OK Everybody, back to your smiley face…
P.S. Below is a link to a Documentary by Showtime about the live (yes, I said LIVE) television Show of Shows with Sid Caesar and Imogene Coca, Carl Reiner, Howard Morris that ran for an hour and a half every Saturday Night from 1950-1954. (Preceded by Sid Caesar’s Admiral Broadway Reviewfrom January – June 1949 and followed by Caesar’s Hour from 1954- 1957.)
Yes, I was alive but I was very busy between school and performing and it was unthinkable to spend a Saturday night watching TV with my parents so I never got to watch it. It was de regeur watching for my family. Of course back then I knew about the comedians of the cast but as the years past I knew more about the writers from that show, Mel Brooks, Larry Gelbart, Neil Simon, Woody Allen to name just a few.. funny men making funny words for funny people. Well, I found this Documentary on YouTube ( I loooovvvveeeee YouTube) I laughed so hard.
Lucky for me the bathroom was nearby. For some this is will be a new happening, for others a stirred memory and for a few others it might just be “Sid? What was his last name again?”
This is my gift to you, my wonderful friends and family, for being a patient and considerate and conscientious pandemic person. This is far from over but who doesn’t need a reward for Good Behavior. Have a laugh on me…
Have you been enjoying some of the most extraordinary watching on your computers, your television, your i- pads, your smart phones? The outpouring from every cultural corner of the world has been extraordinary.
Whether you choose to avail yourself of these privileges afforded you during this crises or not, if you are able, and it doesn’t have to be a large sum, but you have a debt that must be paid.
It is clear. The world will never be the same. There is a permanent change to all that were used to. Much adjusting and adapting must be done. Hopefully, most of it will be for the better.
However, we must guard against those things that without our help will disappear and leave our lives the emptier and shallower, and in my thinking, more meaningless. Of course, I am talking about those institutions we take for granted will always be there. Without support, they will not.
Here are some suggestions:
The local hospital, the library, the live theatre, dance and music organizations, the museums, public radio and television, all of those you have, in the past subscribed to. These represent our cultural history. It wasn’t so long ago we all went to see and hear a play, a recital, a dance, an opera, a lecture critical or not, something that challenged our minds and sensitivities. Now we turn to all our electronic accoutrement and in the convenience of our homes and with the kind generosity of these very same institutions reap the continued benefit of that challenge.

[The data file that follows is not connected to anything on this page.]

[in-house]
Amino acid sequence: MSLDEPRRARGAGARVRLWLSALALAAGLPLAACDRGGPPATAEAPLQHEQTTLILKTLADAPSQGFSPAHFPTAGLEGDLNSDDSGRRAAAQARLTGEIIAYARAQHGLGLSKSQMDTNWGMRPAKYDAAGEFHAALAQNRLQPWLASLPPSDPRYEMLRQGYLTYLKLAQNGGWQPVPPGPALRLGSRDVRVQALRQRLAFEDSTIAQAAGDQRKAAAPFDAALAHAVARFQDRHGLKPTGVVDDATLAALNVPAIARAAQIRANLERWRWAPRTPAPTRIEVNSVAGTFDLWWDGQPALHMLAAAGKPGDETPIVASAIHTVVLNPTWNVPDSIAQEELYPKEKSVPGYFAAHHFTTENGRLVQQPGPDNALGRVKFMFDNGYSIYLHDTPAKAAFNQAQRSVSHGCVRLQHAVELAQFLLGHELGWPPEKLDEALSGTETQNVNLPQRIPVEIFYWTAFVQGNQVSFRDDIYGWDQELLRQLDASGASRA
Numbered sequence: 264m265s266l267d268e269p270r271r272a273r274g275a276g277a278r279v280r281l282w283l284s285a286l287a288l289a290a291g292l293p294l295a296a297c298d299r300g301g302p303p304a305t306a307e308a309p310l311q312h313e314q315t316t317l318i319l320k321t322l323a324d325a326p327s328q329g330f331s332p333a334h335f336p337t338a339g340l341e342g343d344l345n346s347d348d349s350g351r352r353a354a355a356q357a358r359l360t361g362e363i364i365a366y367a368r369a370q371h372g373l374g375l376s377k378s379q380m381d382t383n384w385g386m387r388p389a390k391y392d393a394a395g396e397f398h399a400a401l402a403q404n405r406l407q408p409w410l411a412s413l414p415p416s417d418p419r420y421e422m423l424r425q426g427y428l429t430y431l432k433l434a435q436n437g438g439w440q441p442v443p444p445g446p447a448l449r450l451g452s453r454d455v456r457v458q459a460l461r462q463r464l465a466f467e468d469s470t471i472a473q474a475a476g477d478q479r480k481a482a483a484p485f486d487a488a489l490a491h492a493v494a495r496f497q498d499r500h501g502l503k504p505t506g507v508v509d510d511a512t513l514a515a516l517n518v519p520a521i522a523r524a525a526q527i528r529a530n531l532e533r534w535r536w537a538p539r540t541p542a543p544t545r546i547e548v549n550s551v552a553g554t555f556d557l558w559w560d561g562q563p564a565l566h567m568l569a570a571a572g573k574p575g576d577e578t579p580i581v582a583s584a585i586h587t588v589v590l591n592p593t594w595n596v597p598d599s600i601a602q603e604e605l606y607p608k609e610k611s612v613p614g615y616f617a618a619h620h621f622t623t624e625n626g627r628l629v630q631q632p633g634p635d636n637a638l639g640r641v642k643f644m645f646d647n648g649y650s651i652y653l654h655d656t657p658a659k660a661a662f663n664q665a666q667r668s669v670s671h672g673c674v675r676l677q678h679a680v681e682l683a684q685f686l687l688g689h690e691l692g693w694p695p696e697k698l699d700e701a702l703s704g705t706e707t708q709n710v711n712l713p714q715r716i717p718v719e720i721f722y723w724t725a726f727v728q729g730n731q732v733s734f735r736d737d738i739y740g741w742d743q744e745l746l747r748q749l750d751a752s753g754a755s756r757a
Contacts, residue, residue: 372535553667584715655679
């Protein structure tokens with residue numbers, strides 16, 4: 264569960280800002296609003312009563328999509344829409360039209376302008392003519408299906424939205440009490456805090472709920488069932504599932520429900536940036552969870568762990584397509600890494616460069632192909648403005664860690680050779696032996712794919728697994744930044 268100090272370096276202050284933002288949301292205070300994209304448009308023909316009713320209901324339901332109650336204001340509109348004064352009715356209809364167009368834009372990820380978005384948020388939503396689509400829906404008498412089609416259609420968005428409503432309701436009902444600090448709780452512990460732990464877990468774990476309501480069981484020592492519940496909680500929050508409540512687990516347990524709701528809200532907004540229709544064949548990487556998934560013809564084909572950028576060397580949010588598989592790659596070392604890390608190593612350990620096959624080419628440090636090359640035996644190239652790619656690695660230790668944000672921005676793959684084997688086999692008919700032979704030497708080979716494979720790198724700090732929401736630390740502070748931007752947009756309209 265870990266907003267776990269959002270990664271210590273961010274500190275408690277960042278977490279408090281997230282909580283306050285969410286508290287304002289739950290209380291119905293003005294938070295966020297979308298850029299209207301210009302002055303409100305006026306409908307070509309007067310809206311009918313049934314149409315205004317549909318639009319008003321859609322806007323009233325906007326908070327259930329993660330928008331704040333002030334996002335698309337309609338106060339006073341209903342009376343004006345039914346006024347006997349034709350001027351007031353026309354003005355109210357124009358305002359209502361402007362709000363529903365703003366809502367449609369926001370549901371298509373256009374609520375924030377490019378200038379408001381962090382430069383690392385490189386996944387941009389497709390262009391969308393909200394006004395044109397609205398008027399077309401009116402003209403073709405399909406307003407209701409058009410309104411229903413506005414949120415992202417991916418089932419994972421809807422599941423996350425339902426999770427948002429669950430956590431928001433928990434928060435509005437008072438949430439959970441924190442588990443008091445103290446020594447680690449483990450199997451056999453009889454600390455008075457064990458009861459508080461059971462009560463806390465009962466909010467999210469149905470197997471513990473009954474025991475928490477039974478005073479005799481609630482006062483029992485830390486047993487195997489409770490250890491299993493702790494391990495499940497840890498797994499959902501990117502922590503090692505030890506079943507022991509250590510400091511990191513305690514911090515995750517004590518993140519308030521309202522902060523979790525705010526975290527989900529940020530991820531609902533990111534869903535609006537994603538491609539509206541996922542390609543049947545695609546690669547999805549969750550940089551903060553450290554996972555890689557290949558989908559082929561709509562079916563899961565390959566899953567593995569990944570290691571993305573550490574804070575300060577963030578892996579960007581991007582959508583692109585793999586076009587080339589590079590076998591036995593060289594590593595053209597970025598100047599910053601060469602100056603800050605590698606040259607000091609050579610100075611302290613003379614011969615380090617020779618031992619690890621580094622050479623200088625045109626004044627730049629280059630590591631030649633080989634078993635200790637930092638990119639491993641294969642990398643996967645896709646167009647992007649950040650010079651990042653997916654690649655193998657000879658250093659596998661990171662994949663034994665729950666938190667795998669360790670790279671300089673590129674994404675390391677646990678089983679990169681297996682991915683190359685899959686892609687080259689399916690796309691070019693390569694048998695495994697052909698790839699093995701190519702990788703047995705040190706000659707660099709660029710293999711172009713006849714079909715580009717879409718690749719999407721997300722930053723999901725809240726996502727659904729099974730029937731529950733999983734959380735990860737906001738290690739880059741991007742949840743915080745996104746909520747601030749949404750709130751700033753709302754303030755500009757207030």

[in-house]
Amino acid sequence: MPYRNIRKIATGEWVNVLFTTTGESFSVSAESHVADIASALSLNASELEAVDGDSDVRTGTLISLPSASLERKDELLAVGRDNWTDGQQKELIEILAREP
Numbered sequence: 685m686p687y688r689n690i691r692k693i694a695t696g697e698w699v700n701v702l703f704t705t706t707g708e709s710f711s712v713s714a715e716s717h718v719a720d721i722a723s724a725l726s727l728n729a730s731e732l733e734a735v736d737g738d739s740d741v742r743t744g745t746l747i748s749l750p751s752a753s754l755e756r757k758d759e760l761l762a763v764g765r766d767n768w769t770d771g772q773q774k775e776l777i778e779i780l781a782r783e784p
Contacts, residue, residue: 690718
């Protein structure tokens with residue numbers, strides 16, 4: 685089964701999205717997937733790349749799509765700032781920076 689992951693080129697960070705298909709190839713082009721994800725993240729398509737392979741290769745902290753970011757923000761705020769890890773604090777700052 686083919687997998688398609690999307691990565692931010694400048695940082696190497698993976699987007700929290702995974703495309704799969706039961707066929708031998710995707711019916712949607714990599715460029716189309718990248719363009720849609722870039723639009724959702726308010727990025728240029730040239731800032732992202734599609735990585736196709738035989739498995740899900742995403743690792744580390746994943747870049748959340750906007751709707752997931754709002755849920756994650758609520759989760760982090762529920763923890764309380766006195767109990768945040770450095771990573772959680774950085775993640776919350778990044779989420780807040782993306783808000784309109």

They need your help to sustain that challenge for the future or they will be gone. If we all do it, it doesn’t have to be much. All those political ads that ask for $5 or $10…they are counting on the multiples of giving people to make the difference. Be a multiple people person, and send to the group or groups of your choice what you can to help keep them alive.
And most importantly, send to your local shelter and food bank and community organizations that are helping people who have been displaced and discounted by this virus to get back onto their feet again. Never far from my thoughts, ever: “There but for the Grace of God…” I know you can finish the sentence.
Love – Sally-Jane
AMERICA: Oh my god! Coronavirus! What should we do?
CALIFORNIA: Shut down your state.
AMERICA: Wait… what? Why?
CALIFORNIA: Because 40 million people live here and we did it early, and it’s working.
NEW YORK: Welcome aboard.
OHIO: Whoa… whoa… let’s not be hasty now. The president said that this whole coronavirus thing is a democratic hoax.
CALIFORNIA: He also said that windmills cause cancer. Shut down your state.
TEXAS: But the president said that we only have 15 cases and soon it’ll be zero.
CALIFORNIA: The president can’t count to fifteen. Nor even spell it. Shut down your state.
NEW JERSEY: Us too?
CALIFORNIA: Yes, you guys too. Just like when Christie shut down the bridge, but it’s your whole state.
FLORIDA: But what about all these kids here on spring break?? They spend a lot of money here!
CALIFORNIA: Those kids invented the tide pod challenge. Shut down your state.
LOUISIANA: But wait let’s have Mardi Gras first. It entertains people.
CALIFORNIA: It also kills them. Shut it down.
GEORGIA: Ok well how about we keep the state open for all of our mega churches? Maybe we can all pray really hard until the coronavirus just goes away!
CALIFORNIA: Which is working like a charm for mass shootings. Jesus told us to tell you to shut down your state.
OKLAHOMA: What about the tigers?
CALIFORNIA: What about a dentist. Shut it down.
WYOMING: Hold up, maybe we should go county by county like the president said.
CALIFORNIA: Stop acting like there are counties in Wyoming. There are no counties in Wyoming. Wyoming is a county. Shut it down.
PENNSYLVANIA: But big coal.
CALIFORNIA: But big death. Shut it.
WEST VIRGINIA: But we were the last state to get coronavirus!
CALIFORNIA: And don’t make us explain to you why that was. Shut it down.
NORTH CAROLINA: But the republican national convention is coming here!